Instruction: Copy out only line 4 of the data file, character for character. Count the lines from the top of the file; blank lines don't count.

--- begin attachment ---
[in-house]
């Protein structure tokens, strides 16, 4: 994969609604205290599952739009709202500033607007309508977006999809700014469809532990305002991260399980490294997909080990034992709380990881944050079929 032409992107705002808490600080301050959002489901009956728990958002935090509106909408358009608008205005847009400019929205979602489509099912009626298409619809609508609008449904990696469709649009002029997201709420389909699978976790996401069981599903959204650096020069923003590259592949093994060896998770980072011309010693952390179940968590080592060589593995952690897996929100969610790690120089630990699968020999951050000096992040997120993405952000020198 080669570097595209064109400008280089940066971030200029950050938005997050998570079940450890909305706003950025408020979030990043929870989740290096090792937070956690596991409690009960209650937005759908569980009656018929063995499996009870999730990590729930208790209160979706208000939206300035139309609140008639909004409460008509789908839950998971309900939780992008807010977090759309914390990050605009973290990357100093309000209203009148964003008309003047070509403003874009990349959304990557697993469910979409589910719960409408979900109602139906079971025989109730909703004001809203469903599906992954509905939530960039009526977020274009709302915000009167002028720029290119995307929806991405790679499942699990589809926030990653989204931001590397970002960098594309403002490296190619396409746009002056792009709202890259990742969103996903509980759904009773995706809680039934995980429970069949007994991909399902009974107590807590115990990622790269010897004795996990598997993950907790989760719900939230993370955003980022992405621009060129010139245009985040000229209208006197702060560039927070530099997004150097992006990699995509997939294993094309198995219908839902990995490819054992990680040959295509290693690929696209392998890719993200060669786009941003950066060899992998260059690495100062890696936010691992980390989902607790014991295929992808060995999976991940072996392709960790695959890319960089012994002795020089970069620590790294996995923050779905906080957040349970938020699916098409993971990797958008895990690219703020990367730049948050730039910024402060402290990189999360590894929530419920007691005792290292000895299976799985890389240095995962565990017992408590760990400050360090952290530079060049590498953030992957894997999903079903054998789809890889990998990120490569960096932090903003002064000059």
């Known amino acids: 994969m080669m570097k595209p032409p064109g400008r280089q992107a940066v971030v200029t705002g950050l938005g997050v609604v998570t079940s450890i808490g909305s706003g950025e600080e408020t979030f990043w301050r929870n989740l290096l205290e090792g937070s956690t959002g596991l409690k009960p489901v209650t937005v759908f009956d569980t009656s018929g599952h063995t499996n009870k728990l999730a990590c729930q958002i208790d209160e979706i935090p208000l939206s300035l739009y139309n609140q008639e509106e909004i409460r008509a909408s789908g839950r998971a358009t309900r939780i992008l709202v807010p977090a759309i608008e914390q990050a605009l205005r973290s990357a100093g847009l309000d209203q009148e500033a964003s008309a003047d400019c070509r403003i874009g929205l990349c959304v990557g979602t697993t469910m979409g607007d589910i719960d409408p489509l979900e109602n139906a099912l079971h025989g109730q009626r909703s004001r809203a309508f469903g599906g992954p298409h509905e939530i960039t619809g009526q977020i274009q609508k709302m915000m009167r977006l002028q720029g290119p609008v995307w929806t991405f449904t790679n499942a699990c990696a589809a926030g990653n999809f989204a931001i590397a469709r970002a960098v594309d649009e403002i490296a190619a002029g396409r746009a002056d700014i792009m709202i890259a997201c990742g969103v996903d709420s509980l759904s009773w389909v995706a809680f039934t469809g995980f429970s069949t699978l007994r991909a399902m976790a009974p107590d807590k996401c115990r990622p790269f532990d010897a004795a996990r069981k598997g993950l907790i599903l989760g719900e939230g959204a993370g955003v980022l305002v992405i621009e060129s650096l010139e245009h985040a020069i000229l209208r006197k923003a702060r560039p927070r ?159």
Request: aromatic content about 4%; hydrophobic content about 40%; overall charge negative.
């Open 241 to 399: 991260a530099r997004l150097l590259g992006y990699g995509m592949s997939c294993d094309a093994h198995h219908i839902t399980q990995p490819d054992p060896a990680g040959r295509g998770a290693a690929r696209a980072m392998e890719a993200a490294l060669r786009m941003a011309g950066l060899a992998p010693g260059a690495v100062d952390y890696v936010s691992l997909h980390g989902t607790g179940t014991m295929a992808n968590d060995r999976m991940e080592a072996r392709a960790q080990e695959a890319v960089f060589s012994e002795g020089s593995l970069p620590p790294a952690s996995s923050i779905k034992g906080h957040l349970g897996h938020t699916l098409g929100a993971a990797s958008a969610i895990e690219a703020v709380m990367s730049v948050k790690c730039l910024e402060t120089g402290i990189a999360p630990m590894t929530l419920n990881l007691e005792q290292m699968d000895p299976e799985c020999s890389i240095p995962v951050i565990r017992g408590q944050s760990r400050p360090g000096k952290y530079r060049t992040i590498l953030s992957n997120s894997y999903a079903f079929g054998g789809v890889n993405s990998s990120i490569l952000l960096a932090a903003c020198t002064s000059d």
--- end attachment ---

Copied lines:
Request: aromatic content about 4%; hydrophobic content about 40%; overall charge negative.